- By Joshua Keating
Joshua Keating is associate editor at Foreign Policy and the editor of the Passport blog. He has worked as a researcher, editorial assistant, and deputy Web editor since joining the FP staff in 2007. In addition to being featured in Foreign Policy, his writing has been published by the Washington Post, Newsweek International, Radio Prague, the Center for Defense Information, and Romania's Adevarul newspaper. He has appeared as a commentator on CNN International, C-Span, ABC News, Al Jazeera, NPR, BBC radio, and others. A native of Brooklyn, New York, he studied comparative politics at Oberlin College.
It could be happening soon, reports Afua Hirsch for the Guardian:
And sure enough, in January the African Union is poised to admit Haiti as a member, which if it happens, will be the first time any nation with no geographic connection to the continent of Africa will have joined.
More than any other Caribbean nation, Haiti occupies a special place in the affection of many Africans and members of the African diaspora. The country endured decades of still prescient punishment for daring to overthrow its slave masters, becoming the world’s first independent black nation in 1804 – the slave rebellion’s leader Toussaint L’Ouverture hailed from Benin. Haiti used its independence and membership of the United Nations in the post-war period to back decolonisation during the fraught period of African independence.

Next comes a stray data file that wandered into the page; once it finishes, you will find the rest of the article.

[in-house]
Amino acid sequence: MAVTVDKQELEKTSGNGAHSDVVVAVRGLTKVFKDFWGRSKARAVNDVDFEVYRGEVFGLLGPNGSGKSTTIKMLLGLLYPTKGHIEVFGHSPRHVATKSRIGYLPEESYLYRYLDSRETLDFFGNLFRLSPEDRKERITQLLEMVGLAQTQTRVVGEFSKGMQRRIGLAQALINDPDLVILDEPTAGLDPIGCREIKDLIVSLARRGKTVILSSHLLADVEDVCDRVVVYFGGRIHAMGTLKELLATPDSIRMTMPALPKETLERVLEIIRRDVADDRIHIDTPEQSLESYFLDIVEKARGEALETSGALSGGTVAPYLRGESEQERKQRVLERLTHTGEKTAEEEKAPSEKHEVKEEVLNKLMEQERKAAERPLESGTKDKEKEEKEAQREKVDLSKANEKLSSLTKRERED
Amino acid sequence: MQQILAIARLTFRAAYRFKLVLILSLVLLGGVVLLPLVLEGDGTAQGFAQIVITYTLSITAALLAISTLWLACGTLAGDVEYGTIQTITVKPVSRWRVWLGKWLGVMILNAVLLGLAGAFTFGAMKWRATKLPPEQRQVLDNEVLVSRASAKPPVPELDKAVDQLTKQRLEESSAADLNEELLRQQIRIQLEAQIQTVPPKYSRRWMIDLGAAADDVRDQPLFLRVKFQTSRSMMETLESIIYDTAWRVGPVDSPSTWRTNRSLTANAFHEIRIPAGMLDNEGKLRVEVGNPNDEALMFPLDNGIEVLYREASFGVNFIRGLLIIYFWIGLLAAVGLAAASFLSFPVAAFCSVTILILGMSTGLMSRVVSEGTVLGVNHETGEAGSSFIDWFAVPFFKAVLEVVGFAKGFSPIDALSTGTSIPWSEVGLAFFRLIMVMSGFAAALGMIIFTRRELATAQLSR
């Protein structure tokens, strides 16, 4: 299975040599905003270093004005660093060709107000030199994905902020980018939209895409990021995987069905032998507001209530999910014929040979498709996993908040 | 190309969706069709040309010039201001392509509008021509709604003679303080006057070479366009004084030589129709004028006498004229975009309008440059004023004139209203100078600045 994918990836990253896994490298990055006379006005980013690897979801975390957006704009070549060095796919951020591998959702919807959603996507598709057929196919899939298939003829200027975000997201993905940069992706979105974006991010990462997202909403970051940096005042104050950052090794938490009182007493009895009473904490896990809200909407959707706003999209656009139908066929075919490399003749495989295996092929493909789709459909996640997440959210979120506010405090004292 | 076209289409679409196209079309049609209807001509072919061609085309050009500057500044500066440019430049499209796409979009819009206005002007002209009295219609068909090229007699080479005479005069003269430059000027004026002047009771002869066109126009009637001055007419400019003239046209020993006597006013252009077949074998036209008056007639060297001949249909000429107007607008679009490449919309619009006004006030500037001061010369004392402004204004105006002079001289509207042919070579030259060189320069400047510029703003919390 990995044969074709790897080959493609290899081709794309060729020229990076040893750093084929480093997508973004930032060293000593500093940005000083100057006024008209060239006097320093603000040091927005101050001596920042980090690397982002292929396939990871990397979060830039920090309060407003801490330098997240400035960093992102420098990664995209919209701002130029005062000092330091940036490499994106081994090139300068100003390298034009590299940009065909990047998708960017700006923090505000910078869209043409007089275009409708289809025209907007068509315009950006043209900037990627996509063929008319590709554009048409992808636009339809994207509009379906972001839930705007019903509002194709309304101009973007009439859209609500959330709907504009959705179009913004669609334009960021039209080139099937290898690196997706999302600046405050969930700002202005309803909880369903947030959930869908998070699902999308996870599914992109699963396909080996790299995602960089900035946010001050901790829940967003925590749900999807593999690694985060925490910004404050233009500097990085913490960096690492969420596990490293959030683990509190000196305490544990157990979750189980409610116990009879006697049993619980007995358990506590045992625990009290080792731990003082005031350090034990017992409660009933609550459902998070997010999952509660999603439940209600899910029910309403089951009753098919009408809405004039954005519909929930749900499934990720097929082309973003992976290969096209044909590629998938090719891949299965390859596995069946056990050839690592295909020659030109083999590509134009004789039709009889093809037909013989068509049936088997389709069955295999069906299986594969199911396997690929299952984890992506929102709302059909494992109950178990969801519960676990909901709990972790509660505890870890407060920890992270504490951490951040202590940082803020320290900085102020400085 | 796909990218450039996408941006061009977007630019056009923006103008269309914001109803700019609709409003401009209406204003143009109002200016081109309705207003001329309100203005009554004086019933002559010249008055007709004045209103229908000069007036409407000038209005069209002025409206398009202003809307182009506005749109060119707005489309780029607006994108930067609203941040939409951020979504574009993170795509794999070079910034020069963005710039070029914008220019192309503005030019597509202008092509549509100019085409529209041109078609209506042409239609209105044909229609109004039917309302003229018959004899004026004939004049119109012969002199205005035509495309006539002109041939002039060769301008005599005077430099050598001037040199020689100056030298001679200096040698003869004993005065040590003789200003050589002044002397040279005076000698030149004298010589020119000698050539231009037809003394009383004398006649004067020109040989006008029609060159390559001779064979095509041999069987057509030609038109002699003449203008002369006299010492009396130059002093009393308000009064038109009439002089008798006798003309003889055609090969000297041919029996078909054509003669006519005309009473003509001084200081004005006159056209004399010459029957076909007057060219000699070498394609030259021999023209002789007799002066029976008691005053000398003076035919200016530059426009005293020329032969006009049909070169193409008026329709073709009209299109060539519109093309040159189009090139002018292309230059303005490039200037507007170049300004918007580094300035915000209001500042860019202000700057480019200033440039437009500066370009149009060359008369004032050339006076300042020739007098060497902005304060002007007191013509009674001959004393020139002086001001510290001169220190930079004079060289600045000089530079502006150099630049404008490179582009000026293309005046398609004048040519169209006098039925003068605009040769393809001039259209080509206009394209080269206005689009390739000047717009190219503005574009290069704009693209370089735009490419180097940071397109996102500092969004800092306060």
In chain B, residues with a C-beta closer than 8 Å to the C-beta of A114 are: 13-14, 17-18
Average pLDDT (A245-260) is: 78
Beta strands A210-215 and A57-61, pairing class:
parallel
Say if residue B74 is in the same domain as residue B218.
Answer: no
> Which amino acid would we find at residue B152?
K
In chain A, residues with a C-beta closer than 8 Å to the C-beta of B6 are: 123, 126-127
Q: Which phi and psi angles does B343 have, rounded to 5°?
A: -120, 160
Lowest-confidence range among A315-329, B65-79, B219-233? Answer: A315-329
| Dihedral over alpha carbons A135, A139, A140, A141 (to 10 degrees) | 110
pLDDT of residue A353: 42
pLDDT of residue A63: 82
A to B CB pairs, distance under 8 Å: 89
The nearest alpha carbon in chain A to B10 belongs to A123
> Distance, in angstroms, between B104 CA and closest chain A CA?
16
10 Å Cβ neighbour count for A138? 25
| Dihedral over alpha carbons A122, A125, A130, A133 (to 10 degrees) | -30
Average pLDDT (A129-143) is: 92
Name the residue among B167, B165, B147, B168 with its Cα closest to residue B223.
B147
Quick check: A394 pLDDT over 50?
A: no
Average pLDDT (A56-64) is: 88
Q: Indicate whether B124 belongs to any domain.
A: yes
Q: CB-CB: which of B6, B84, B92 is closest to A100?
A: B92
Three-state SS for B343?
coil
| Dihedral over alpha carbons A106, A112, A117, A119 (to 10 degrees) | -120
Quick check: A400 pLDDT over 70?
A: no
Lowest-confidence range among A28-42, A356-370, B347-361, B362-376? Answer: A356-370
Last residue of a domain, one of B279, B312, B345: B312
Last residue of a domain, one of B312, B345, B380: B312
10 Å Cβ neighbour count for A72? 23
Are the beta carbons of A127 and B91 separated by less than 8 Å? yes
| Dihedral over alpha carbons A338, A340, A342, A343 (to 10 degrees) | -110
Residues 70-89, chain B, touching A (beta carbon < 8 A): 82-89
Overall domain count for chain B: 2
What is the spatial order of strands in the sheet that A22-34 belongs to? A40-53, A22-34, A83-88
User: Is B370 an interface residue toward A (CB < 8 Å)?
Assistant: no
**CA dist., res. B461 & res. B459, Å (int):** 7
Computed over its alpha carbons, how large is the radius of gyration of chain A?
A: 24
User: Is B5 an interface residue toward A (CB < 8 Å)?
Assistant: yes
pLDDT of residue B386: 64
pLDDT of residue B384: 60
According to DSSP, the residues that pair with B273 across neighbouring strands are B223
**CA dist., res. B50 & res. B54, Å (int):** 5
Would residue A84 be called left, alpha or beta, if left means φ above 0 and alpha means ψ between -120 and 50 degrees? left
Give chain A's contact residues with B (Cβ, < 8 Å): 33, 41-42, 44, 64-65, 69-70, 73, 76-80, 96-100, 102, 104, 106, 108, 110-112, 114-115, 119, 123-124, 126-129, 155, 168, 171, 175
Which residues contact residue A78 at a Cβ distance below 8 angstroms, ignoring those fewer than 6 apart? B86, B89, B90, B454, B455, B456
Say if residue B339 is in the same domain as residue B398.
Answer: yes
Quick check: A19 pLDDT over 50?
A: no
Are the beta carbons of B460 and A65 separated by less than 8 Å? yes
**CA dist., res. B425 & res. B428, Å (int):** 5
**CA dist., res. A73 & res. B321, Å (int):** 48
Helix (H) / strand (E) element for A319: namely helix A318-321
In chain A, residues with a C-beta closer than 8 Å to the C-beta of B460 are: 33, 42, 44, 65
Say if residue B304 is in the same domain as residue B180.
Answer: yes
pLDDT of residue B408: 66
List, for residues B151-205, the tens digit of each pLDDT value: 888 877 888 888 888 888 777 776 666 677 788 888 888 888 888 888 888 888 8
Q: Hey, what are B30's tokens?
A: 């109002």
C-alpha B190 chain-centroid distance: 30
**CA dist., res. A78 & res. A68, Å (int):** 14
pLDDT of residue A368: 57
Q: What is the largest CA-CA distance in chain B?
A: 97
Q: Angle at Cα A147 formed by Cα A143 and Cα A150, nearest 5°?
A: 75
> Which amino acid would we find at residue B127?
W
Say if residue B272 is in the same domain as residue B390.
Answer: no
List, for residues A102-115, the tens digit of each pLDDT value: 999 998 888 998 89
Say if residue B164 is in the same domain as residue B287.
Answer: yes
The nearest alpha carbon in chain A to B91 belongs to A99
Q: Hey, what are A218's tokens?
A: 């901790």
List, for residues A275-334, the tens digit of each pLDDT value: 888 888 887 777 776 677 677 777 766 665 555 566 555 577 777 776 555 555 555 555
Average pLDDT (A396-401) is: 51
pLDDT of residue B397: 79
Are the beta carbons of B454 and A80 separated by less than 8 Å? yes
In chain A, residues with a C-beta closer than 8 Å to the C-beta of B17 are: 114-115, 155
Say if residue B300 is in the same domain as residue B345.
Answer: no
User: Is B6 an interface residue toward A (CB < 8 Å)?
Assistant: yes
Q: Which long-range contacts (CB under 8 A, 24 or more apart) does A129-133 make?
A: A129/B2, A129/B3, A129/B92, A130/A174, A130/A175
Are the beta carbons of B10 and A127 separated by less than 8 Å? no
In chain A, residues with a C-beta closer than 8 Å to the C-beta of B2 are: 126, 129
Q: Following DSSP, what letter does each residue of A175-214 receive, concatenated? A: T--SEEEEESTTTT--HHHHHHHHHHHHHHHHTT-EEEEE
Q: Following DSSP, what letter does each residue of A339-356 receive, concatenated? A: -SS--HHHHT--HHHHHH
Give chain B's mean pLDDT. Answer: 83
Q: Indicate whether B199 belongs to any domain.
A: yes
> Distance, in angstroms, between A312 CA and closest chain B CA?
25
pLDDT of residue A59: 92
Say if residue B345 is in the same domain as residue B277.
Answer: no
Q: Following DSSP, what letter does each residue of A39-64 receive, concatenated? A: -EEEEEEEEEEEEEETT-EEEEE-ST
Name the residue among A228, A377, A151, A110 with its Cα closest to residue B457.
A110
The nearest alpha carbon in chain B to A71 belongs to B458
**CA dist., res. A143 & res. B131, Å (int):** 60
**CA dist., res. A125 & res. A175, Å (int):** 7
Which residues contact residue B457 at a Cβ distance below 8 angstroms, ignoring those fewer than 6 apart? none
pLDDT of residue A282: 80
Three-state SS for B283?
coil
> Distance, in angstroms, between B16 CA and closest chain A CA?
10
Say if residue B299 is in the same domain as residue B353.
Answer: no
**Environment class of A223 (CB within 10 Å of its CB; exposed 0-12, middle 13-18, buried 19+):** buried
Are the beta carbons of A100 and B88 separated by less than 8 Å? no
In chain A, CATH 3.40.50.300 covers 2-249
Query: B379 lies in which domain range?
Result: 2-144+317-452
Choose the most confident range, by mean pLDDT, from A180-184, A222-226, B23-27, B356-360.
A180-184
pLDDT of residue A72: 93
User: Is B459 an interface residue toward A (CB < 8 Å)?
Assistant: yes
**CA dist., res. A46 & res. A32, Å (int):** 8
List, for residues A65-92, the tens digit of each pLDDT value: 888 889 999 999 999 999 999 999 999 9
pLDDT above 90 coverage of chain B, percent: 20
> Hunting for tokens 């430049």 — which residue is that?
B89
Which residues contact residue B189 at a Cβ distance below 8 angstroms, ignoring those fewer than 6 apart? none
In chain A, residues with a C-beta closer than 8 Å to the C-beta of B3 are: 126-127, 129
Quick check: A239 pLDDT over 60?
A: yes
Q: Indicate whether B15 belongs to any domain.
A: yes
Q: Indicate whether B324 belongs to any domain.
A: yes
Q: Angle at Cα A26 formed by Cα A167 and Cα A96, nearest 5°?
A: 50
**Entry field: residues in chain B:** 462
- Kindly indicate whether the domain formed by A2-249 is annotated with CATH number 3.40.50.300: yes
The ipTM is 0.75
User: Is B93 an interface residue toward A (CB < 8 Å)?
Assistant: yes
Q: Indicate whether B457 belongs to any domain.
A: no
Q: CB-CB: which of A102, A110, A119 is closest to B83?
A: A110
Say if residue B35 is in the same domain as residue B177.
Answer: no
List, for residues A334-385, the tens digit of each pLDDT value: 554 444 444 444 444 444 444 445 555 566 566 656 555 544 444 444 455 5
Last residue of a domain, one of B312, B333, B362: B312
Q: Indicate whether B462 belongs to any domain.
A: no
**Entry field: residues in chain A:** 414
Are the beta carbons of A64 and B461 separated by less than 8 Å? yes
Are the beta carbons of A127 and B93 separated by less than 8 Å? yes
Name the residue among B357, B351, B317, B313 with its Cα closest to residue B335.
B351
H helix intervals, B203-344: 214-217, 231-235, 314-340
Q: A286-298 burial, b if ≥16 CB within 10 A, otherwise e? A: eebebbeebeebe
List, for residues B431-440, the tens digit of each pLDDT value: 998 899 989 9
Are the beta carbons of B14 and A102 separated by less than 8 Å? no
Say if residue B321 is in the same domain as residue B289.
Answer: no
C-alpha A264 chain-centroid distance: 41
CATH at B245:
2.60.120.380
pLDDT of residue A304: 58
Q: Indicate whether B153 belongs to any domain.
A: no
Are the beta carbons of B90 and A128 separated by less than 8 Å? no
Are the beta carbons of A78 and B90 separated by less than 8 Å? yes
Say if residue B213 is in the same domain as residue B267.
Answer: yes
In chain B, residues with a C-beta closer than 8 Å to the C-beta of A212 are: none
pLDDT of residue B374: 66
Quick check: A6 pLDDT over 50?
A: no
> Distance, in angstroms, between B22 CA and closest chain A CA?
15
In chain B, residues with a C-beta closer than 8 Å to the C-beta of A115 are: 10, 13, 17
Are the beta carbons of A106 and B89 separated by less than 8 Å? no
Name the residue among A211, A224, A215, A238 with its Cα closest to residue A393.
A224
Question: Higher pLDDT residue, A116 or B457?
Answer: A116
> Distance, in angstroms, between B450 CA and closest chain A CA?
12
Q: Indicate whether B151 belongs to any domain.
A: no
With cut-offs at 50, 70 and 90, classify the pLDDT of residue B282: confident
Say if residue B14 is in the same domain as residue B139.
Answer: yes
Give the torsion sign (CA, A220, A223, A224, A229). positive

And now it has a level of poverty gives it more in common with many African nations than its wealthier Caribbean neighbours, who have been known to regard Haitan refugees as a nuisance. After the 2010 earthquake, the Democratic Republic of Congo – which struggles to finance its own budget – pledged $2.5m in aid to the devastated country. Senegal offered land and places at its university to Haitan students. As the African Union chairman, Jean Ping, said: "We have attachment and links to that country. The first black republic … that carried high the flame of liberation and freedom for black people and has paid a heavy price for so doing."
Some of the more practical factors include the potential for Haiti to participate in intra-African trade and receive investment from some of the continent’s relatively booming economies.
It would be a geographical oddity, to be sure, though it makes more sense than Panama adopting the euro.